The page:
Since I was born I started to decay.
Now nothing ever – ever goes my way.

Really now, all this song lacks is a lyric about how it’s all daddy’s fault. Then again, daddy issues are probably too straightforward for Placebo.

This song on my list comes straight off my favourite album of all time, A Weekend In The City by Bloc Party, and fits straight in with my third-favorite show of the season, No. 6. In fact, No. 6 is a pretty great show, but when Mawaru Penguindrum and Bunny Drop are your direct competitors, No. 6 sadly falls just a bit short of being the best.

But enough about how good No. 6 is because really, who gives a damn about that? No, let’s talk about what is really important… YAOI! Irony aside, three episodes in, I still don’t really know whether the writing staff is actually going for a romance –and a decently set up one at that, or just a bromance.

Either way, the song, which you are hopefully listening to at this very moment fits Sion’s state of mind at the start of the second episode perfectly.  “I Still Remember” is all about remembering an intimate relationship with another boy, a person you met once and can’t stop thinking about. Hell, Bloc Party frontman Kele Okereke, well known for being an extremely awkward interviewee–and having a name that is impossible to pronounce–said that the song is all about boyhood homosexual experiences. And it’s damn honest.

What better way to wrap up with than with a timeless classic? While I’m not a big Beatles fan myself, or a fan of psychedelic rock in general, I can’t deny that “A Day In The Life”, with its characteristic piano twinkles and the insane psychedelic orchestral build-up culminating into a nightmarish last note straight out of LSD hell is anything but a musical masterpiece.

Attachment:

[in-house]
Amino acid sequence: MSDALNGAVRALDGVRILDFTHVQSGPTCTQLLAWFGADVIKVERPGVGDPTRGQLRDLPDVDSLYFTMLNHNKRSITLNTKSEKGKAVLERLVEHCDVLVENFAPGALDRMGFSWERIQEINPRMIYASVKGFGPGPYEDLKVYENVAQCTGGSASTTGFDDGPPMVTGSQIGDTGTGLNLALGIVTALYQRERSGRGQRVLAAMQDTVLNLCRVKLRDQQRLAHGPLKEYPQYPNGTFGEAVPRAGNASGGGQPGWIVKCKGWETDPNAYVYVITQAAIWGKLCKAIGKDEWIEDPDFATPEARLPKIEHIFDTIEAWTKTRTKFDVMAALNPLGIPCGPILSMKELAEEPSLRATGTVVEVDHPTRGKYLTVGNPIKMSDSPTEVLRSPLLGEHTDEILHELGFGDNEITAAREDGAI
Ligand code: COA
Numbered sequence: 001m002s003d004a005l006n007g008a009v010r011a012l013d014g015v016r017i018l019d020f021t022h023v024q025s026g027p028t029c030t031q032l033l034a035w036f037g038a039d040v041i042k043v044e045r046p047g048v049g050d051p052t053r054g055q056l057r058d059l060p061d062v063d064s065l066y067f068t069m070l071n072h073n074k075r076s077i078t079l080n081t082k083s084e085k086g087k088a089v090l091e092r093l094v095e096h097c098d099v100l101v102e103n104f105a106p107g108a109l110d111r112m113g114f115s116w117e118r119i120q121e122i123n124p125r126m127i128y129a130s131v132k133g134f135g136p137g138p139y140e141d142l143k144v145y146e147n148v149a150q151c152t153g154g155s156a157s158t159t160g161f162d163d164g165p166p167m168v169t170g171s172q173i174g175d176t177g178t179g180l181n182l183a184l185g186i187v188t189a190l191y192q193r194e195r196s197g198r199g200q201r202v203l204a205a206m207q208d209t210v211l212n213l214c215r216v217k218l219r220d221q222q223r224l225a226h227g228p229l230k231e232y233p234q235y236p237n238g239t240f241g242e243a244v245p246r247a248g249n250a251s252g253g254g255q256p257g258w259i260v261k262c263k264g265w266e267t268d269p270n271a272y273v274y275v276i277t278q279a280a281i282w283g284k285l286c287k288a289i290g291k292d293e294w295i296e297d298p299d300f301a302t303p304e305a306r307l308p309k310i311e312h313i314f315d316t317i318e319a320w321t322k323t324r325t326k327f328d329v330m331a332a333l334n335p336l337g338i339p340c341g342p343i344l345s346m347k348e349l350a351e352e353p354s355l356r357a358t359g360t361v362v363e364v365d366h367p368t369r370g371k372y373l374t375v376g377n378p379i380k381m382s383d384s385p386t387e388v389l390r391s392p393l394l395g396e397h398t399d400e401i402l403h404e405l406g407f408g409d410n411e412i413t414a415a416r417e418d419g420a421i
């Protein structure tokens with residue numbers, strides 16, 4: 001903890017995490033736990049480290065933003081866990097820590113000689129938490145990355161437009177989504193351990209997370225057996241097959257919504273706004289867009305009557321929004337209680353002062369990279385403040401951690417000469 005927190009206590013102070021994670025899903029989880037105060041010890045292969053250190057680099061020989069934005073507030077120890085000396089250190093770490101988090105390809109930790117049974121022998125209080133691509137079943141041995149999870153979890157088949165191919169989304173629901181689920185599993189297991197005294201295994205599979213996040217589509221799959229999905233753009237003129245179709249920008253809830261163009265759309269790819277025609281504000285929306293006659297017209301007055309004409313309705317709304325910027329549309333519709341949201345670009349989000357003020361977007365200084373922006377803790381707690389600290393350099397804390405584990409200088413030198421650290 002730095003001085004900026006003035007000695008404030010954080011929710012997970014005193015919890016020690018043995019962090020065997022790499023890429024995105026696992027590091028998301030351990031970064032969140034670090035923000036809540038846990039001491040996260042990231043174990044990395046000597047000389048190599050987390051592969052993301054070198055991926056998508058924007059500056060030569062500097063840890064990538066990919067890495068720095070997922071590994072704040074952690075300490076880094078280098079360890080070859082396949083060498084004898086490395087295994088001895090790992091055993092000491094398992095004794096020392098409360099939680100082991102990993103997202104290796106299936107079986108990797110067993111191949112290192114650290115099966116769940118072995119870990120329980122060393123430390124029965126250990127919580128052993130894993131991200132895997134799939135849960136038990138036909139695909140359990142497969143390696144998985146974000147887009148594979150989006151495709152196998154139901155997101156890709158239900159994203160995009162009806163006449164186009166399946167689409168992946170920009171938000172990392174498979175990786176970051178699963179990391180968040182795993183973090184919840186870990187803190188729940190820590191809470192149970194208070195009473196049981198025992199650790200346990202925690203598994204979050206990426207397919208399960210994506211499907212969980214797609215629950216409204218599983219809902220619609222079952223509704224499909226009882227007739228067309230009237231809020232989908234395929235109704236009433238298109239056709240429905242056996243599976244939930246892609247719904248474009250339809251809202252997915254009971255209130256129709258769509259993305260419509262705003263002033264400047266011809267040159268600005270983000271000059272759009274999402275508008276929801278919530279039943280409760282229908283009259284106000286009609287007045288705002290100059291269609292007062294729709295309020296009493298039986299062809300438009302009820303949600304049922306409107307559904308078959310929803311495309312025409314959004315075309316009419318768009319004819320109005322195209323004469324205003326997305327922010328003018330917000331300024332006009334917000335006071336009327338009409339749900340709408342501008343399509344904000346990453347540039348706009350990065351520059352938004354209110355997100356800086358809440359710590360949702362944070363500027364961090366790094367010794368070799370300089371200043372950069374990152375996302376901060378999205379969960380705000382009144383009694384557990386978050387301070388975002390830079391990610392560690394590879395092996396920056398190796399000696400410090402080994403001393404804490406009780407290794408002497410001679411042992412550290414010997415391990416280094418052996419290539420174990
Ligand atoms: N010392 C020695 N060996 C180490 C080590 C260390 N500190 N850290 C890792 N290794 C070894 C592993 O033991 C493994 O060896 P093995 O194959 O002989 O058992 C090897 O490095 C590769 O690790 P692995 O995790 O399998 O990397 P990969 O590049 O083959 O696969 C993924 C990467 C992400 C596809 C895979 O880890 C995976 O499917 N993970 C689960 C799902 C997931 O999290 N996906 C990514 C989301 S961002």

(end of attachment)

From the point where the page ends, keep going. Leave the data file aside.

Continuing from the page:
During my last attempt to force music I like upon anime, someone already proposed to hook up Sgt. Pepper’s Lonely Hearts Club Band with Azumanga Daioh, and it’s hard not to see why. Both are psychedelic, colourful and occasionally downright wacky. As we are looking for a single track to replace that hideous ending song of Azumanga’s, it’s only logical to roll with the one about falling out of bed and combing your hair. Azumanga is still a show about nothing, after all. Nothing, on crack.

How did we get here already? We went from changing Aquagaze’s Anime Weekend over Eden Of The East, cock-socks, nineties music videos and Morning Rescue to yaoi and finally, The Beatles.

Oh well, this is what I will be doing for the coming season. I’m a bit tired of summarizing and reviewing anime episodes week after week, so in stead, I’m just going to blog about whatever I feel like blogging about, inspired by the anime I have been watching. Maybe not weekly, but at least regularly. If there’s anything you’d like me to blog about, or if you have anything to say at all, you know I’m a sucker for comments, so fire away. Now if you will excuse me, I am going to listen to some more music.